‘Sinai attackers were educated, not local Beduin’

Reports in the Egyptian press say educated middle class Egyptians responsible for September terror attack against IDF.

Beduins inspect their weapons in the Sinai Peninsula 370 (R) (photo credit: Asmaa Waguih / Reuters)
Beduins inspect their weapons in the Sinai Peninsula 370 (R)
(photo credit: Asmaa Waguih / Reuters)
Members of the terror cell behind last month’s lethal cross-border ambush on IDF soldiers were educated middle class Egyptians, not local Beduin as previously assumed, Egyptian media reports said.
According to reports in the Egyptian press, the two men, 31-year-old Ahmad Wajieh and his cousin, 25-year-old Bahaa Abdel Aziz Zaqzouq, were part of three-man terror cell.
Twenty-year-old Cpl. Netanel Yahalomi of the IDF Artillery Corps was shot dead while engaging the terrorists. He and his unit were giving water to African migrants who had arrived on the border when the ambush began. IDF soldiers killed all three terrorists within 15 minutes of the attack.
According to Egyptian daily al-Masry al-Youm, the two men hailed from the Mitkhakan village in Egypt’s Nile Delta.
Zaqzouq, who was married with two children, graduated from the Faculty of Arts at Minoufiya University, and was the only son of a family of four daughters.
His family was religious, according to another report in the al-Ahram daily.
Wajieh was a married father of two daughters, worked as an engineer and was a religious singer in a group in Qesna, which is also in the Minoufiya district. He gave recitals at concerts and weddings, the report said.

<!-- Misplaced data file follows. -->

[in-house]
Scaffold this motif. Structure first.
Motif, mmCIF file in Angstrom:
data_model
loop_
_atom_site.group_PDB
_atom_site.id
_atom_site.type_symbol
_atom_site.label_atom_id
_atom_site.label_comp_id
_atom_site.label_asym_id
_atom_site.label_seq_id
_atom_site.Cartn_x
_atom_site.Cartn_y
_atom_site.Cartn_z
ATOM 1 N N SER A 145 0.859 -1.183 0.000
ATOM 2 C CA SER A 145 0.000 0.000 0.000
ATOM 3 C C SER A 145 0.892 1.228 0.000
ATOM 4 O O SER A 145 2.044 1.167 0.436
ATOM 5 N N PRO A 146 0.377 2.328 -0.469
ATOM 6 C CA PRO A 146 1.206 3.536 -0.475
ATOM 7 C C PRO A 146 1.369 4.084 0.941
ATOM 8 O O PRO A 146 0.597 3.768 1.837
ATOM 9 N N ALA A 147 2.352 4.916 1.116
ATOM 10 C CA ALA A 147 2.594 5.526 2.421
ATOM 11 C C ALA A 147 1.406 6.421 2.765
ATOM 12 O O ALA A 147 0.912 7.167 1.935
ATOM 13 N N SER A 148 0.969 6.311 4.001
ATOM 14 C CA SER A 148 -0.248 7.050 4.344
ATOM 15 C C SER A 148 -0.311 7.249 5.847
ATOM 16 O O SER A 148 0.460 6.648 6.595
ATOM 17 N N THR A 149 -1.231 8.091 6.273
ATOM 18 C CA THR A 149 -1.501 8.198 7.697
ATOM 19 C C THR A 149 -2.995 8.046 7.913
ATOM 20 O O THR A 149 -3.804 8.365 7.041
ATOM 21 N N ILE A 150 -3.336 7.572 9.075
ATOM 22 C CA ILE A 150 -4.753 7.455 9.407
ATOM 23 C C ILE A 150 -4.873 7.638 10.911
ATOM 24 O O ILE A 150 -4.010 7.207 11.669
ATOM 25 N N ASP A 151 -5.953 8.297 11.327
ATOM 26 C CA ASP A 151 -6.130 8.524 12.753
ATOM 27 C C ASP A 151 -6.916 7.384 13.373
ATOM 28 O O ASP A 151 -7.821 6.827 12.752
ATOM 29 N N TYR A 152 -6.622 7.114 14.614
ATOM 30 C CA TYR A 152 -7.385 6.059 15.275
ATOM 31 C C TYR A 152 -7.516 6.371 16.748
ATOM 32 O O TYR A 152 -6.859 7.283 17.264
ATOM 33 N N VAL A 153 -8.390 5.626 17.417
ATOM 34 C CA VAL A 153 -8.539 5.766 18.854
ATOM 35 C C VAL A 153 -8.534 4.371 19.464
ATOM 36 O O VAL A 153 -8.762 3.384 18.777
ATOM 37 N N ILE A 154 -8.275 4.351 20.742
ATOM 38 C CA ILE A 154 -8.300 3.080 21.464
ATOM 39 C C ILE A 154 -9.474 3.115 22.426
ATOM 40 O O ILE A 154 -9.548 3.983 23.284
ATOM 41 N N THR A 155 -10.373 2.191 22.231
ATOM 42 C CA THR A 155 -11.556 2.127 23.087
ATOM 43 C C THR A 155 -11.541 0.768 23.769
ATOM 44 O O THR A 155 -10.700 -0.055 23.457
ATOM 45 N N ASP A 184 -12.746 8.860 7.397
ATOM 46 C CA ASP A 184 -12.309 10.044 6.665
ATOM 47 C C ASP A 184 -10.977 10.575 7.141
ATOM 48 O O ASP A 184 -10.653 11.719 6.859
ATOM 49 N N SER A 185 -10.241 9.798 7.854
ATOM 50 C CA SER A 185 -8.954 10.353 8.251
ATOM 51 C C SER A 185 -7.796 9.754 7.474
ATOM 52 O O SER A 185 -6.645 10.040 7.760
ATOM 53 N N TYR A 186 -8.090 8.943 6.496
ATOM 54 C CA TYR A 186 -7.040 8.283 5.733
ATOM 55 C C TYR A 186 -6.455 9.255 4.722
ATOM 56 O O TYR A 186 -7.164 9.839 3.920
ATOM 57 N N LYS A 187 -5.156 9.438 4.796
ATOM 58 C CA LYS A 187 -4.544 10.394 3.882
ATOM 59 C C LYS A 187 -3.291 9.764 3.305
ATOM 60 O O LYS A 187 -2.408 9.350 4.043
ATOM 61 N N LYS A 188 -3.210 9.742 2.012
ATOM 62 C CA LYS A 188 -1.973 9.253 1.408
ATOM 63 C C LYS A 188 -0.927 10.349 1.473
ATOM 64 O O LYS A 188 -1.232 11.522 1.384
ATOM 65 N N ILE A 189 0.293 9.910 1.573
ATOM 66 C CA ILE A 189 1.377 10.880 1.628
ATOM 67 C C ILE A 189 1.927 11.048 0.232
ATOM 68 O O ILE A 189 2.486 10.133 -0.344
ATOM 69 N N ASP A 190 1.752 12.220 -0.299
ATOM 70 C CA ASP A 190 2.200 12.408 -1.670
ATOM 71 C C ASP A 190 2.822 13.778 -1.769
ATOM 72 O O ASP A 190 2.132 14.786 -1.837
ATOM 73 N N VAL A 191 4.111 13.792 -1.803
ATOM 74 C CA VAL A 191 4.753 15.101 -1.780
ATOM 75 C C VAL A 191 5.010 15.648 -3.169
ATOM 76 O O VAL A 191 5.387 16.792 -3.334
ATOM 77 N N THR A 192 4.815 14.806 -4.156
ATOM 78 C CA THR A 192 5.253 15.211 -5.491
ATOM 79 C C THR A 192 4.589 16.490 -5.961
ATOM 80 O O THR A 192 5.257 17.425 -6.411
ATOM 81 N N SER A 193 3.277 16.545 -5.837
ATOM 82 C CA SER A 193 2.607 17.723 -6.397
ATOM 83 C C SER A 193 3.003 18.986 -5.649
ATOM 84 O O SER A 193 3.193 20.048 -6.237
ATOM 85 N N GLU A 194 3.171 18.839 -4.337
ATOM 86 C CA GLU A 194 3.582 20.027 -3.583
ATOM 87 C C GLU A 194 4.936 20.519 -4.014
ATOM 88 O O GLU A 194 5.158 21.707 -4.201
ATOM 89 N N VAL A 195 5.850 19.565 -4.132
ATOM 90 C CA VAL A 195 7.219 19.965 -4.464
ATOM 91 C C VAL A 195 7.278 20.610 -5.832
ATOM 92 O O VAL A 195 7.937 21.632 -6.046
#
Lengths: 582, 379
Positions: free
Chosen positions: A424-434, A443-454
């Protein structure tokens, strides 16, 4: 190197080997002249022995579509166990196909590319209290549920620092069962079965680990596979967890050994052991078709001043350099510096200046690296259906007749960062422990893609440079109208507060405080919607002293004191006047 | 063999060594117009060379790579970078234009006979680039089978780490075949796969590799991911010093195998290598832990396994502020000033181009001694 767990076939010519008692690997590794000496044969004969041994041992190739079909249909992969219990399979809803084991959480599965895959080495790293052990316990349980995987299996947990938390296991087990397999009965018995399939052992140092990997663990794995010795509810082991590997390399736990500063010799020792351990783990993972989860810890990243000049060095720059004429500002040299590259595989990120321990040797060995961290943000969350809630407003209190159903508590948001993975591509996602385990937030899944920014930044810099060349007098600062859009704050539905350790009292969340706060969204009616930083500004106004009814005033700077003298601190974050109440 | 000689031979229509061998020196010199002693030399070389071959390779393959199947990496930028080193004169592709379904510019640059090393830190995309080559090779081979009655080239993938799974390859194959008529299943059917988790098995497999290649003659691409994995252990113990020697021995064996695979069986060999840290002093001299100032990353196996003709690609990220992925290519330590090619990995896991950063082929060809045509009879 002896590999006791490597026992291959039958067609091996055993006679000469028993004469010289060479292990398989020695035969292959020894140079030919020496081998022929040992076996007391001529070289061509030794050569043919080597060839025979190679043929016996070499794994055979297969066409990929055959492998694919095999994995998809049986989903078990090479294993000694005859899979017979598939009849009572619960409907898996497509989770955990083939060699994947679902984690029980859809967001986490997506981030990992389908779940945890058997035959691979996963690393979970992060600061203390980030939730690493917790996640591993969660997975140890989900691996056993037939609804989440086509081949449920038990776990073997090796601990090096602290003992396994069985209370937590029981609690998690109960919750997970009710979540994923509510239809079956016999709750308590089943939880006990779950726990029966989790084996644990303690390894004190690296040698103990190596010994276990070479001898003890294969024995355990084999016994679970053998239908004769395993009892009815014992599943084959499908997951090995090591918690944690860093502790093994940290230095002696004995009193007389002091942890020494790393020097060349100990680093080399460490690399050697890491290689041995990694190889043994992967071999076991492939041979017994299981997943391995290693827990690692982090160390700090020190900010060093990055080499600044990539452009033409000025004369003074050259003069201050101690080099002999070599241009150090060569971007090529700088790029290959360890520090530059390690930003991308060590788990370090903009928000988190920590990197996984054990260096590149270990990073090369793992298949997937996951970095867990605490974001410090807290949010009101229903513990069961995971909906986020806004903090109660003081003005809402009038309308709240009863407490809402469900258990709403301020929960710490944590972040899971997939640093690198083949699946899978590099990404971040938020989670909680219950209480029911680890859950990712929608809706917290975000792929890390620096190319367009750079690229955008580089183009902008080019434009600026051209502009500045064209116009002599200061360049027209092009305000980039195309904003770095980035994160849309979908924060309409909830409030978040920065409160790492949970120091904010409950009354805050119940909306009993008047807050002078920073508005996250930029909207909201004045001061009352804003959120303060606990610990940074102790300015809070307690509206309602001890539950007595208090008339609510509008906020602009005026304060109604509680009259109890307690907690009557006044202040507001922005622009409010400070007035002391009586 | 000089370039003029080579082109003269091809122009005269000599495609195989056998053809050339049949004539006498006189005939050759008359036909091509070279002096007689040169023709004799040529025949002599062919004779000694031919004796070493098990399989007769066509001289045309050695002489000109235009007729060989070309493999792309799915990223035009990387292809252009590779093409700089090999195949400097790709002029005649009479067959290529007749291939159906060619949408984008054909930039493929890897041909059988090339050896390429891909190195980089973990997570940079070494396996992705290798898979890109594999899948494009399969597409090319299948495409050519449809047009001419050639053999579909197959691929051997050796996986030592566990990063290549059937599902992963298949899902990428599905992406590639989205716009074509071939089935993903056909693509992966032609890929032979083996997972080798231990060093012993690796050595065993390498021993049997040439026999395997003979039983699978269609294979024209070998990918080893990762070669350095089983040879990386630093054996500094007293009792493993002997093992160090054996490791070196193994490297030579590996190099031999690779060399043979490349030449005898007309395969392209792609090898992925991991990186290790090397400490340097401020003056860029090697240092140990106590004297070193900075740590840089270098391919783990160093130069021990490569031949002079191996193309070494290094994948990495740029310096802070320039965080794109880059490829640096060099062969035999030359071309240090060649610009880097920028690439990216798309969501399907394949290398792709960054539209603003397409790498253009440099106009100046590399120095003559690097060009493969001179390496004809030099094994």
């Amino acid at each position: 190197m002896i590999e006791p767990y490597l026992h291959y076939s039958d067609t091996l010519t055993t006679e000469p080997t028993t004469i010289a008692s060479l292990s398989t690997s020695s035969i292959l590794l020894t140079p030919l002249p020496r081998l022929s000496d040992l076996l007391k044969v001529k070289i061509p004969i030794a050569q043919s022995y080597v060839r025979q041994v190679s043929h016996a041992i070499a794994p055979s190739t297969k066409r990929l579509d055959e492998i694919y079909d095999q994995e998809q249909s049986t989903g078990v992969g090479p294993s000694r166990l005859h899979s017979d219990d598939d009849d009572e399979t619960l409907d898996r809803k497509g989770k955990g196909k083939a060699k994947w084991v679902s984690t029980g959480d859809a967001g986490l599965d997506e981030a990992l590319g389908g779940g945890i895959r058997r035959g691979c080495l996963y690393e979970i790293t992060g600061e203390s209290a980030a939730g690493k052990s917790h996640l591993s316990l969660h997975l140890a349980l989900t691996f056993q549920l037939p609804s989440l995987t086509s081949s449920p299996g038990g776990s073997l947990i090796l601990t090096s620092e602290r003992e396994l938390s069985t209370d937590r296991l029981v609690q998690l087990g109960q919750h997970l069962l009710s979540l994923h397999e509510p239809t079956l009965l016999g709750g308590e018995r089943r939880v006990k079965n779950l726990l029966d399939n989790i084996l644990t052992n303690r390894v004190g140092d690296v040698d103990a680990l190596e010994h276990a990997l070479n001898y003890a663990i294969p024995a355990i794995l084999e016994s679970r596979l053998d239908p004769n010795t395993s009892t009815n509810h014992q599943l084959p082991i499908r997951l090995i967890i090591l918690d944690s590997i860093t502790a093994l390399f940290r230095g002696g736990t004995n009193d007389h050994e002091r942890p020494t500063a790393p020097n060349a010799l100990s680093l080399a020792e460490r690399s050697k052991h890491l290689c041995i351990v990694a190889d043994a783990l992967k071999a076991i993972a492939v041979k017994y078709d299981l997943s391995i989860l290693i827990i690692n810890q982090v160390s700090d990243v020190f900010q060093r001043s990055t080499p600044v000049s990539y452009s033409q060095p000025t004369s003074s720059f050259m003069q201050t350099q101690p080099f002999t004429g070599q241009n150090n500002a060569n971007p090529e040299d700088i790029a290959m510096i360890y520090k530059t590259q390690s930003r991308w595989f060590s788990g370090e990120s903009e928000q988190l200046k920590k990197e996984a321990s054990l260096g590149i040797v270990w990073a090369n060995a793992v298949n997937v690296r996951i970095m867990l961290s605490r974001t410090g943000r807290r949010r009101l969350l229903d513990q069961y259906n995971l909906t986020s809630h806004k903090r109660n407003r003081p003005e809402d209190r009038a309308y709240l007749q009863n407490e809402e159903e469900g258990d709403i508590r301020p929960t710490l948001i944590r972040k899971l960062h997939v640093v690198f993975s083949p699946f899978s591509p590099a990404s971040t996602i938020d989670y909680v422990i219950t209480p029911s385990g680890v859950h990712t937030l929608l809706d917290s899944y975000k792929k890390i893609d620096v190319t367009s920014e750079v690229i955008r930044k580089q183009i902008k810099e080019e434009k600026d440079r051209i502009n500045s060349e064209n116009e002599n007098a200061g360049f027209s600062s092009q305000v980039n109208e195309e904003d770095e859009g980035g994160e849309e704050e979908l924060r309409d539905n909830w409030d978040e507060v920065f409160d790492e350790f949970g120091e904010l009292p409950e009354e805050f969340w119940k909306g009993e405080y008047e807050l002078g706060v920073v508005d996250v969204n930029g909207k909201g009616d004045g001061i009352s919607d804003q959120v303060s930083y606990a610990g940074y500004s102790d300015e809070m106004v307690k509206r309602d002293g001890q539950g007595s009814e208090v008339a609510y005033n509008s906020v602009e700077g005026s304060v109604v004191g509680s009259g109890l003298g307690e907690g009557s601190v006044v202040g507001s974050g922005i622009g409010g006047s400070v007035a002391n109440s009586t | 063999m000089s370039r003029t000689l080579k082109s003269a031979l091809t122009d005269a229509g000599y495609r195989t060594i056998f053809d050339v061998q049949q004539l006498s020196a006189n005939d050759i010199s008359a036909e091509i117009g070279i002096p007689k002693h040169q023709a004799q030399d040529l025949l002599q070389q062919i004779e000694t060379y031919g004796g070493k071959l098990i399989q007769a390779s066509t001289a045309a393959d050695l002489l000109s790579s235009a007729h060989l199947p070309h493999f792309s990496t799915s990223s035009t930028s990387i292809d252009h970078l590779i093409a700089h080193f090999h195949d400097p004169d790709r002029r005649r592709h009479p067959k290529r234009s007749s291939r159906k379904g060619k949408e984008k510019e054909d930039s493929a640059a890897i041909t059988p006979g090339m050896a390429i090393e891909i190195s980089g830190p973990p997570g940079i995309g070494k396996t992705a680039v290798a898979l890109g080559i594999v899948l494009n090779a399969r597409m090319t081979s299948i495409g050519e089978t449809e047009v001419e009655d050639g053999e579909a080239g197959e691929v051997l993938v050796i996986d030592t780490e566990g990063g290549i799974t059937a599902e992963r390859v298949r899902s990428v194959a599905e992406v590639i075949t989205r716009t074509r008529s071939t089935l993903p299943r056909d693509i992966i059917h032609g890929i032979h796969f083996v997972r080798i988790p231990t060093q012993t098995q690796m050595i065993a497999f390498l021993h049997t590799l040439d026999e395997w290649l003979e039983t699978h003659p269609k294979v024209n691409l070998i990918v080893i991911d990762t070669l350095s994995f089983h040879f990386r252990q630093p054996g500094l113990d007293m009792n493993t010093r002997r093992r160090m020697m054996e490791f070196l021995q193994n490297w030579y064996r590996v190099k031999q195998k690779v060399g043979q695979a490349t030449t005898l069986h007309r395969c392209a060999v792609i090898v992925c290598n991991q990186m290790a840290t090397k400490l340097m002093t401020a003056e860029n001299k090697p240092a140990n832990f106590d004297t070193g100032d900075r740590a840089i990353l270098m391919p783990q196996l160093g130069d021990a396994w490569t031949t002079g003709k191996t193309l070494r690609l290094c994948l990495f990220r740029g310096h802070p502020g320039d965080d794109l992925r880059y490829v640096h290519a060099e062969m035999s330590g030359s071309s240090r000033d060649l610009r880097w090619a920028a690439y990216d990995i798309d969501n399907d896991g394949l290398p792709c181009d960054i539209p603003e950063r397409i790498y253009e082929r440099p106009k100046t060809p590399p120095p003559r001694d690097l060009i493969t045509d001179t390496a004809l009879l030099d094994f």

Wajieh’s friends told reporters that he did not belong to any political or religious movement.
However, a report in al-Ahram claimed that Wajieh had surprised his family after the Id al-Fitr holiday with a change in his religious ideology.
Some time before the attack, the report said, the two men left the village and their families did not hear from them.
One villager, named as Fathi Mahmoud, said that before he left Zaqzouq he talked about his love of jihad, his anger over abuses against the Prophet Muhammad and the struggle of Muslims in Syria.
The al-Aharam report said that neighbors of the two men in Mitkhakan were saddened and horrified after hearing the news that their fellow villagers had taken part in the terror attack.
The report questioned how the men, who had lived quietly in the village, had somehow been converted to jihadist ideas.
According to that report, one of the men’s relatives, who declined to give his name, said that the Egyptian authorities should search for the “missing link” – the person who recruited suicide bombers from the Minoufia district.
Other media reports also cited a relative of the two men, Mursi Abdel-Khalek, who also claimed that they had been victims of religious groups spreading extremist propaganda.
Ansar Bayit al-Muqaddas (“Supporters of Jerusalem”) a Salafi jihadist group linked to al-Qaida, claimed responsibility for the attack, saying in a statement that they aimed to “punish Jews” for the anti- Islam movie Innocence of Muslims.
Residents from the village of Mitkhakan, near Shibin al-Kawm in the Minufiya governorate, received the bodies of two men, Egyptian media reported on Monday.
The IDF is continuing to study the attack. Defense commentators have called on Israel to improve its intelligence- gathering capabilities in the Sinai.